Photo: Tyler Roemer.

Birds of Central Oregon

Apr 03, 2023 by Jana Hemphill
Get to know a few of the birds that call Central Oregon home.

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A flash of color in the treetops. An intricate song emerging from the willows. The shriek of a raptor soaring high in the sky. Birds are all around us! If you take a moment to stop, look, and listen, you’ll begin to hear them rustling in shrubs, see their quick flights between trees, and pick up on their small chirps.

With more than 169 species of birds spotted at the Land Trust protected Camp Polk Meadow Preserve, we can’t share all of the birds of Central Oregon with you! Here are seven that are sure to delight and surprise you:


Photo: Kris Kristovich.
Photo: Kris Kristovich.
American Dipper (Cinclus mexicanus)

Length: 7.5 inches

Wingspan: 11 inches

Habitat: Fast flowing, rocky streams


Did you know that Central Oregon has a songbird that walks under water?!? American dippers can be spotted on boulders and downed logs next to or in streams, bobbing their body up and down (hence the name dipper). This is the telltale sign of the bird, as its dark gray plumage is not as identifying. American dippers feed on aquatic larvae, which they find underwater in clear, whitewater streams.


Photo: Douglas Beall.
Photo: Douglas Beall.
Northern Flicker (Colaptes auratus)

Length: 12.5 inches

Wingspan: 20 inches

Habitat: Open woodlands


This is an easy one to spot around town! Northern flickers have a slim head, slightly curved bill, white rump, and a long tail that tapers to a point. Their plumage is striking with a brown body patterned with black spots, bars, and crescents. The underside of their wing and tail feathers are a rosy red. Males have a bright red mustache stripe. Northern flickers mainly eat ants and beetles and, because of this, are often spotted on the ground as they forage. They use their long, barbed tongue to lick up their meals.


Photo: Angela Bohlke.
Photo: Angela Bohlke.
Northern Saw-whet Owl (Aegolius acadicus)

Length: 8 inches

Wingspan: 17 inches

Habitat: Wooded areas with an open understory


These small owls, weighing 2.8 ounces, have oversized heads and bright yellow eyes. Adults have wide brown vertical streaks on their chests, white spots on their shoulders, and a prominent white “V” on their face. Their main prey is mice, which they typically eat in pieces over two days. Northern saw-whet owls are highly nocturnal and seldom seen as they roost in dense conifers during the day.


Photo: Angela Bohlke.
Photo: Angela Bohlke.
Osprey (Pandion haliaetus)

Length: 23 inches

Wingspan: 63 inches

Habitat: Near rivers and ponds


Keep a lookout for osprey when you’re near water! These birds eat fish (making up 99% of their diet) and even have barbed pads to help them hold onto their slippery prey. Several studies have shown that it takes an osprey on average 12 minutes before they successfully catch a fish. Osprey have a distinctive, long, crooked wing shape while soaring and a white underside that you can see in flight. Their nests are a bulky group of sticks in dead trees or other supports (you’ll often see them in their nests on platforms along Hwy 97).


Photo: Kris Kristovich.
Photo: Kris Kristovich.
Rufous Hummingbird (Selasphorus rufus)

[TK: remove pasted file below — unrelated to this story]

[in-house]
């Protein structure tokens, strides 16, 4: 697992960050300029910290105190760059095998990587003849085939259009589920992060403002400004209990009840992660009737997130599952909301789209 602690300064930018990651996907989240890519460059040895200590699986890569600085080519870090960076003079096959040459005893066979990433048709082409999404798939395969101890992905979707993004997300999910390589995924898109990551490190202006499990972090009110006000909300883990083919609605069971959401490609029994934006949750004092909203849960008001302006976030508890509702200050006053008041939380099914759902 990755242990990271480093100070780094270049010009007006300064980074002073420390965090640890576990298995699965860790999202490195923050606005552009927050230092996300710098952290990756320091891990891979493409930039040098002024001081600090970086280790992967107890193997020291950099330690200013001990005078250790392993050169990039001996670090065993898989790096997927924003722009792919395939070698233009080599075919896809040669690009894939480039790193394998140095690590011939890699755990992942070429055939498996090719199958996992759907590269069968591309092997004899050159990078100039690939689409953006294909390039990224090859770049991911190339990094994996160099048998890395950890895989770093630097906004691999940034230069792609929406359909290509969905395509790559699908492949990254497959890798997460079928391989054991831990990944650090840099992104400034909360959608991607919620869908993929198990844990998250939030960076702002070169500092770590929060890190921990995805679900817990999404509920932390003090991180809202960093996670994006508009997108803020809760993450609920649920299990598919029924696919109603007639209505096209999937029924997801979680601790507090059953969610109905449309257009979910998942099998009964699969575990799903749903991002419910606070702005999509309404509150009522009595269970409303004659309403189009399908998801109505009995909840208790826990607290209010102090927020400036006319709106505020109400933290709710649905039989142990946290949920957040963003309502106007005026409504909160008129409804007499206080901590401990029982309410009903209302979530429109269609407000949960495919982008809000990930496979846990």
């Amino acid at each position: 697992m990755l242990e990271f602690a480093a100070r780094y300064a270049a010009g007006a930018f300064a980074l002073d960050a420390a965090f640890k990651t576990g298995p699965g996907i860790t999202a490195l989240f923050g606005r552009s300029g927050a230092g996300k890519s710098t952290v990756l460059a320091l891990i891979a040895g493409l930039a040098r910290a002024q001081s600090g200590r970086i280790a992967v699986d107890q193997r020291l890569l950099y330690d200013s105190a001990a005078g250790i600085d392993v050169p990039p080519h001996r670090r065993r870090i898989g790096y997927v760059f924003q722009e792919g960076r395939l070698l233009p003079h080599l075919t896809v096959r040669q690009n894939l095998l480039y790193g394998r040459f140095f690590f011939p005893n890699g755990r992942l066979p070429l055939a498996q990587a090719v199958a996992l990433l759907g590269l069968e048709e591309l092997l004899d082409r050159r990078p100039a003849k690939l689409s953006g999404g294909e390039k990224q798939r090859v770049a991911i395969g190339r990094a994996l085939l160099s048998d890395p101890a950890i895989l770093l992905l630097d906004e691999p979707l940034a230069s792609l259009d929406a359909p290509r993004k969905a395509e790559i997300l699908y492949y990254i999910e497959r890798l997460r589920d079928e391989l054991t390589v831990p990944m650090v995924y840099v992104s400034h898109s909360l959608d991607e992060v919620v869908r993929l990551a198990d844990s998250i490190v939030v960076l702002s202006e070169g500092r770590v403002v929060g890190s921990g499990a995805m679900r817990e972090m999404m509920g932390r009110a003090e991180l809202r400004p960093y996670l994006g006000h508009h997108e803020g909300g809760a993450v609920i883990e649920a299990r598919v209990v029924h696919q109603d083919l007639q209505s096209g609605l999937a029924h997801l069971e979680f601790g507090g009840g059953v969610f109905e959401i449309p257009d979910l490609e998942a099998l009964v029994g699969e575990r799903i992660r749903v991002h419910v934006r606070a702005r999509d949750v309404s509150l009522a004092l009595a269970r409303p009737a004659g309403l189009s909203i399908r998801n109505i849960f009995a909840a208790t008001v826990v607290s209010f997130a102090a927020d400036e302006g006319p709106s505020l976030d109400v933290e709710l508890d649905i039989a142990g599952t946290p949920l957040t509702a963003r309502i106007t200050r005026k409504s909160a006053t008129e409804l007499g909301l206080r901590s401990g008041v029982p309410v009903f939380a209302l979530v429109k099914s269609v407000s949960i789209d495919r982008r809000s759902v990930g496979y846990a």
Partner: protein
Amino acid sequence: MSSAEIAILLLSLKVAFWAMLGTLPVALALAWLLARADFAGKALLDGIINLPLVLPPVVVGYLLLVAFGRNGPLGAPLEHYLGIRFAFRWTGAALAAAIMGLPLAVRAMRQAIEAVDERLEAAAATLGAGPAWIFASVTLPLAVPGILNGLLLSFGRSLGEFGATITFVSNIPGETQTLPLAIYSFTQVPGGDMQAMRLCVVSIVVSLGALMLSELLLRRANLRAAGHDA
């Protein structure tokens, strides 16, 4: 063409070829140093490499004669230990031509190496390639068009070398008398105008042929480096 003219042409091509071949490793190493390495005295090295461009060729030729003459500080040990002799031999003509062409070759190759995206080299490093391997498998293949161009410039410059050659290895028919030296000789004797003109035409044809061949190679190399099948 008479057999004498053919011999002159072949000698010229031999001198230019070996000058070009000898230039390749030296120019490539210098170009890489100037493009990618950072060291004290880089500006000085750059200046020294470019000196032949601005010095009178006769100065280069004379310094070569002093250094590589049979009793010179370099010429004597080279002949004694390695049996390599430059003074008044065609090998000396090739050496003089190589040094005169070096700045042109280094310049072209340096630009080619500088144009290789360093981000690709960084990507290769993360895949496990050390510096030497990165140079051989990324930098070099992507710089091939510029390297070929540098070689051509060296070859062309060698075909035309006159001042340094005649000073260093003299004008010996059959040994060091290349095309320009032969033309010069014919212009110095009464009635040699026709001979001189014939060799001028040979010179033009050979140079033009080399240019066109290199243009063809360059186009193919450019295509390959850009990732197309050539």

Length: 3.75 inches

Wingspan: 4.5 inches

Habitat: Open woodlands


Unmistakable from other hummingbirds in Central Oregon, the Rufous hummingbird is so named due to the brilliant orange-red feathers that cover the bodies of males. Females have green back feathers with an orange-red central throat. Rufous hummingbirds are recognized as quite feisty! If you have a hummingbird feeder, you've probably noticed they are your most aggressive hummingbird, constantly chasing off others. Rufous hummingbirds breed farther north than any other hummingbird, reaching all the way to Alaska.


Photo: Kris Kristovich.
Photo: Kris Kristovich.
Steller’s Jay (Cyanocitta stelleri)

Length: 11 inches

Wingspan: 19 inches

Habitat: Conifer and mixed tree forests


Living in forested mountains and foothills, Steller’s jays have a distinctive triangular crest that often stands up nearly straight from their head. They have a black head and shoulders with bright blue feathers. You can hear their harsh shriek or often spot them just after they’ve stolen food from your picnic table! Similar to others in the jay family, Steller’s jays are intelligent and inquisitive. There are at least 16 subspecies of Steller’s jays in North and Central America!  


Photo: Tyler Roemer.
Photo: Tyler Roemer.
Western Bluebird (Sialia mexicana)

Length: 7 inches

Wingspan: 13.5 inches

Habitat: Open woodlands


These brilliant blue and rust colored birds are a delight to spot! Western bluebirds are incredibly social birds, feeding in flocks during the non-breeding season. They hunt for insects and feed on berries. Western bluebirds utilize a technique called ground-sallying: they fly from a perch and briefly land on the ground to capture an insect or grab a berry before returning to their perch. Western bluebirds nest in tree cavities, but are unable to create their own holes, relying on woodpeckers to create them!


With so many birds living and migrating through Central Oregon, there are a variety of habitats that are critical for helping our bird friends thrive. The Land Trust helps conserve and care for these habitats, from sagebrush flats to open forests to creekside corridors. Thank you for being a part of this work!


Sources: The Cornell Lab of Ornithology and The Sibley Field Guide to Birds of Western North America.


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